Student Essay on Racism Revealed to Jem

Racism Revealed to Jem by Harper Lee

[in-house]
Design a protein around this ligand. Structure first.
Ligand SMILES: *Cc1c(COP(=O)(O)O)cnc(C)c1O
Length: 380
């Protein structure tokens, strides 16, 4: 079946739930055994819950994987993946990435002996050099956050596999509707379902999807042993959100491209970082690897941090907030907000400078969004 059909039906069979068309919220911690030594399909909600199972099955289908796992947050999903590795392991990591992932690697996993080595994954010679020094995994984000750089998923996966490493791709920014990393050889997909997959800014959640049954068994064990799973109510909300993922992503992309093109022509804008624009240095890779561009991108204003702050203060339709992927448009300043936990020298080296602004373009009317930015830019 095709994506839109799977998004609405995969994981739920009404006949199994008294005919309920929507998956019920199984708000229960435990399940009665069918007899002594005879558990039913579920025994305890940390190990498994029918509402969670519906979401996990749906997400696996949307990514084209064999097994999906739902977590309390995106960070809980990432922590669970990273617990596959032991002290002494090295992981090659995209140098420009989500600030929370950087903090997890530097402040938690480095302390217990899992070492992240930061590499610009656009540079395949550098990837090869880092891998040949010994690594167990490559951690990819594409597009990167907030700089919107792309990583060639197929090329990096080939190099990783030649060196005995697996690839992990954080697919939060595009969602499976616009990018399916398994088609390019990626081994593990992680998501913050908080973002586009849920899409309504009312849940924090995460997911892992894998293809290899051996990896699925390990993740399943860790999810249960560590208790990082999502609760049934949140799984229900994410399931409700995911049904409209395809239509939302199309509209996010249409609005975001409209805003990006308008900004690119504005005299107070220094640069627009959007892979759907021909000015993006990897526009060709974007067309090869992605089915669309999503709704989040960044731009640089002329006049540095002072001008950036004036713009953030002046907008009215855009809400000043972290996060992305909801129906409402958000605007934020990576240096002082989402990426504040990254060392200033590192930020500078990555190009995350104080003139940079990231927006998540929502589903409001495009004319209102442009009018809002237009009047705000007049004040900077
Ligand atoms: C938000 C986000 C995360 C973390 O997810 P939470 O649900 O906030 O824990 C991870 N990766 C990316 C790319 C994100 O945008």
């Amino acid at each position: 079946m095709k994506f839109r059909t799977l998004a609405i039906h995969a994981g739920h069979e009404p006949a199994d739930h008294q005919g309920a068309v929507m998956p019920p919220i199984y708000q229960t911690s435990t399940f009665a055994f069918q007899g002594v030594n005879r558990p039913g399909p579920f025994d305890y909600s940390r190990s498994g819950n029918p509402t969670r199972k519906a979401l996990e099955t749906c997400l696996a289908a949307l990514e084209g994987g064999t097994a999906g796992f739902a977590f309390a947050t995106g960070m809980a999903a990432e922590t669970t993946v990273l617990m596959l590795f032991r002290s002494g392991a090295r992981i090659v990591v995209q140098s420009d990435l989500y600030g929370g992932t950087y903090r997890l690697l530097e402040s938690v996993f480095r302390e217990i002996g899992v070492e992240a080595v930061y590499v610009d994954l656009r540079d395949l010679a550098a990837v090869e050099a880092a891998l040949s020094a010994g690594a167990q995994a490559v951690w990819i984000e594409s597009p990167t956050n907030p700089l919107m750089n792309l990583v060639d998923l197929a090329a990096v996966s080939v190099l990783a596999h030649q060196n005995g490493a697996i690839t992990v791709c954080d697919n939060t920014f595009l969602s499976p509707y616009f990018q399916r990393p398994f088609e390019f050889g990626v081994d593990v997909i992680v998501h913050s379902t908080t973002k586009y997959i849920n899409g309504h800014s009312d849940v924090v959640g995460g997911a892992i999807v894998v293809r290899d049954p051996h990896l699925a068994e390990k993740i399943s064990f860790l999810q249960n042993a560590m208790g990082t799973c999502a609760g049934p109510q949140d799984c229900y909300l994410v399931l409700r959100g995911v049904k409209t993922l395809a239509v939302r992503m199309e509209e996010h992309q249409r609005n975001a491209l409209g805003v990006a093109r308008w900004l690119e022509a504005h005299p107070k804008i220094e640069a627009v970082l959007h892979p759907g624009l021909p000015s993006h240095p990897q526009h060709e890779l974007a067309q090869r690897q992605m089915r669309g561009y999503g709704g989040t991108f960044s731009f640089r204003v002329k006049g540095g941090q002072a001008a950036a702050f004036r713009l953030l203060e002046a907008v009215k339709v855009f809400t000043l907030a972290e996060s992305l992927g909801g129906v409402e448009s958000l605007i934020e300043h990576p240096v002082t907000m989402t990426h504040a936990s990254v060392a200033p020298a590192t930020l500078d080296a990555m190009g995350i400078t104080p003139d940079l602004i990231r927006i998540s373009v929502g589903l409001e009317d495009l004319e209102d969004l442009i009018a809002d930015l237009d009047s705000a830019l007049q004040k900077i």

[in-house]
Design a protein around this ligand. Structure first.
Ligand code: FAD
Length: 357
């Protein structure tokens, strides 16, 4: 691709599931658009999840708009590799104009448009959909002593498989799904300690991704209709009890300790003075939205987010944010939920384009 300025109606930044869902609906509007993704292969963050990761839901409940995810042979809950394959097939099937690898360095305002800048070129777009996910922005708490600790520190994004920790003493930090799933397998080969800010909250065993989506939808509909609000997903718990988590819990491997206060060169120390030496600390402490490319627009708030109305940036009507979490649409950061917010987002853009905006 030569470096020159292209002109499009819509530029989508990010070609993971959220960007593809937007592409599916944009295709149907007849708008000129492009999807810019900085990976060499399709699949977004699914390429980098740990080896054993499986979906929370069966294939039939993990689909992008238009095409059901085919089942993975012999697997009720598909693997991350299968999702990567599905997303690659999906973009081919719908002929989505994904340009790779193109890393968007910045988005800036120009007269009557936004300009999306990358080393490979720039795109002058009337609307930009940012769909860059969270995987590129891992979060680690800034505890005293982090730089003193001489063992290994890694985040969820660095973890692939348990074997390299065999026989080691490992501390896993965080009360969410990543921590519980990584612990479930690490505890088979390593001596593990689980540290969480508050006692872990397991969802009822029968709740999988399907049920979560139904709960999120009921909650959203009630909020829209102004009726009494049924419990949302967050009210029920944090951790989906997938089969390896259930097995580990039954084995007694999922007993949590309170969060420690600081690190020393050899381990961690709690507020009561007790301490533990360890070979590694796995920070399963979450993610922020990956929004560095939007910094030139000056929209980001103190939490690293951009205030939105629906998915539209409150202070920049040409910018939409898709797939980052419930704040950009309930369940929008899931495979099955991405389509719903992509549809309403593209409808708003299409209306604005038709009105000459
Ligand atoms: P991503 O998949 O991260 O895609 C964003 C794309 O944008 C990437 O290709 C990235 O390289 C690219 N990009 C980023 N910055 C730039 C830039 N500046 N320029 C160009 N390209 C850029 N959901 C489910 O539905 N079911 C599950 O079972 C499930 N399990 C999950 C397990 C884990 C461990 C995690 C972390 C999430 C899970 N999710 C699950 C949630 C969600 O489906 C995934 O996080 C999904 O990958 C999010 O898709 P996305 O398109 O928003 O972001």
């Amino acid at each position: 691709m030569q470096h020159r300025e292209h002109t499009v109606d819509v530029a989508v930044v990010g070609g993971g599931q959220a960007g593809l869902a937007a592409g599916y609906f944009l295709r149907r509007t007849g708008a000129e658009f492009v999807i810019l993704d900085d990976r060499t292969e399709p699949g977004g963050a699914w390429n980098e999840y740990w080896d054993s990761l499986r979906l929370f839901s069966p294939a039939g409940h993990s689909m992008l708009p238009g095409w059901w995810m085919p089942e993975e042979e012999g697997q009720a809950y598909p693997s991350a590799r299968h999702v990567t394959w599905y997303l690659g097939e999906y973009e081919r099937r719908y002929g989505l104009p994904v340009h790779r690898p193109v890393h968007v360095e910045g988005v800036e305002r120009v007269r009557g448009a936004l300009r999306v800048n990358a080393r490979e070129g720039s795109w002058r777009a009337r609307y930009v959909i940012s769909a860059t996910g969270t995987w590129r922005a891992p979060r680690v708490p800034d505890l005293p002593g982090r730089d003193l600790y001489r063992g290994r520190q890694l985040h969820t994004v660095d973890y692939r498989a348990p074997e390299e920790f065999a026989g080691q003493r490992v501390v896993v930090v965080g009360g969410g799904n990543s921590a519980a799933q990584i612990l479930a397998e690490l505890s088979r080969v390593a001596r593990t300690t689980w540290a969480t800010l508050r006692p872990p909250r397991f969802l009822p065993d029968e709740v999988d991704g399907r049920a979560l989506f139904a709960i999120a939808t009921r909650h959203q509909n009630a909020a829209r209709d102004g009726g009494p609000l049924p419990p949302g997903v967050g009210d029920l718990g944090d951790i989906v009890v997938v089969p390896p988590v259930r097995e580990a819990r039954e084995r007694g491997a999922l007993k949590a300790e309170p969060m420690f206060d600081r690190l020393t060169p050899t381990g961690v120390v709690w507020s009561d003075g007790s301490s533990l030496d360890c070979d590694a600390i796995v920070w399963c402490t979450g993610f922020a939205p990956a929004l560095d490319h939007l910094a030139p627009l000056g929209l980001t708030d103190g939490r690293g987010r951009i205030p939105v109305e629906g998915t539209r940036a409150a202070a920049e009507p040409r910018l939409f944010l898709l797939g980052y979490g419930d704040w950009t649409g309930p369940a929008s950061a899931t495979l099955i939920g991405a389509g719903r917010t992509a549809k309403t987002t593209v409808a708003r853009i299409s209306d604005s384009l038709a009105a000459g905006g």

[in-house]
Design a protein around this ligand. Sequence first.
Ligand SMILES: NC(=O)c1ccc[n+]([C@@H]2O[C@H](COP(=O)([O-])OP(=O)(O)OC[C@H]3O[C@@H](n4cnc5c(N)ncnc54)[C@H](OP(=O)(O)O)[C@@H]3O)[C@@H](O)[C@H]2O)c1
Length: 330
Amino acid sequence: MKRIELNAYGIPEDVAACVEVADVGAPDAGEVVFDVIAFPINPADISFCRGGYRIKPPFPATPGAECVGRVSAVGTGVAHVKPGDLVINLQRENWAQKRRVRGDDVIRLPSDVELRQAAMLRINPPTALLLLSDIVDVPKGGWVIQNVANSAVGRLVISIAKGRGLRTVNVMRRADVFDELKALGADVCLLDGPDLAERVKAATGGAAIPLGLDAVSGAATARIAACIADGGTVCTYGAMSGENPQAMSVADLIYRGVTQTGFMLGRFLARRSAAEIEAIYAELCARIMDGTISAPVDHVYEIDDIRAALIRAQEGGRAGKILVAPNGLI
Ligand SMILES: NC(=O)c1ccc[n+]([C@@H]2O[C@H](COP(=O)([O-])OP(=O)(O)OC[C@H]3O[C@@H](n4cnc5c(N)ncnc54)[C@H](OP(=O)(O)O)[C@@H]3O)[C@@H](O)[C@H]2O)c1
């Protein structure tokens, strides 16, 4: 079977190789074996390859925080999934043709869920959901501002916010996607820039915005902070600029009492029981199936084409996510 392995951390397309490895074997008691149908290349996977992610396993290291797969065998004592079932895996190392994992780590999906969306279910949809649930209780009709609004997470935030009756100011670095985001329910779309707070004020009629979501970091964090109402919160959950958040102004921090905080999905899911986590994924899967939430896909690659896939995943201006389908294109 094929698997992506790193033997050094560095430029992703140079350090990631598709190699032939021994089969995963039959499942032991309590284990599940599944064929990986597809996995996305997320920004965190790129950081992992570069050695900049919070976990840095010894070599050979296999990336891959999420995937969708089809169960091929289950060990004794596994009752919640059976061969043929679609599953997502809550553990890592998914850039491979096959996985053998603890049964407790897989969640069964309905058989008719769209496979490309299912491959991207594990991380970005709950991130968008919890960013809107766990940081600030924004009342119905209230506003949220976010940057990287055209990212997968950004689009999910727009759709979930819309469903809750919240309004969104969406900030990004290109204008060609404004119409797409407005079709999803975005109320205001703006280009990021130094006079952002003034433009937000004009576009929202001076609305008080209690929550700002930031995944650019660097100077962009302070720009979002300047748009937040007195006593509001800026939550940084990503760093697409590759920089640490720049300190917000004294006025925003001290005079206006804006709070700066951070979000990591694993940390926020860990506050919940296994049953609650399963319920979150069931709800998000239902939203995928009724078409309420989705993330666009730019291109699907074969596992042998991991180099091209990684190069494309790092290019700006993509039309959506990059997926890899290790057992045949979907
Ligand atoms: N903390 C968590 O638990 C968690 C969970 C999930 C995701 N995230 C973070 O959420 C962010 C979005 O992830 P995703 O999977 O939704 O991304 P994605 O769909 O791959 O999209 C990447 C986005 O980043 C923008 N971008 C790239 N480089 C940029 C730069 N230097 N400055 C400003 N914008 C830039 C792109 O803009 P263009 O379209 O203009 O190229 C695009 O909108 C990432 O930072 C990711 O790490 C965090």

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Throughout the book To Kill A Mockingbird by Harper Lee, one of the main characters, Jem, learns the harsh reality of racim and how cruel people can be when dealing with others. Jem begins to understand that racism is an extreme issue when Judge Taylor appoints Tom Robinson's case to Atticus. Jem finally comes to see that "Judge Taylor naming Atticus to defend [Tom] was no accident," (215), and that Atticus was the only one who could make the jury think. Jem realizes racism is a much bigger issue than it seems, and understands that Atticus, due to his internal strength, is one of the few people that can publicaly stand against racism. After Tom's conviction, Jem is beyond appalled and cannot believe people can be so cruel. Jem cannot understand how the jury can call Tom guilty, but hears from his father that "they've done it before, and they did it tonight, and they'll do it again, and when they do it--seems that only children weep" (213). Jem feels that regardless of the people of Maycomb knowing the wrongfulness of racism, they will naver act upon it or try to fix it. While talking to Miss Maudie, Jem discovers that there is very little he himself can do to try and reslove racism issues. At one point in time, Jem "thought Maycomb folks were the best in the world," (215) but when he comes to see that they are far from the best, he begins to feel like "a caterpillar in a cocoon," (215) knowing he can't change the Maycomb folks. Jem did believe the Maycomb citizens were all out wonderful, up until they give him reason to think otherwise. Jem's maturity is a valueble part of To Kill A Mockingbird becauseit teaches never to feel over knowledged, because there is always an unseen point of view.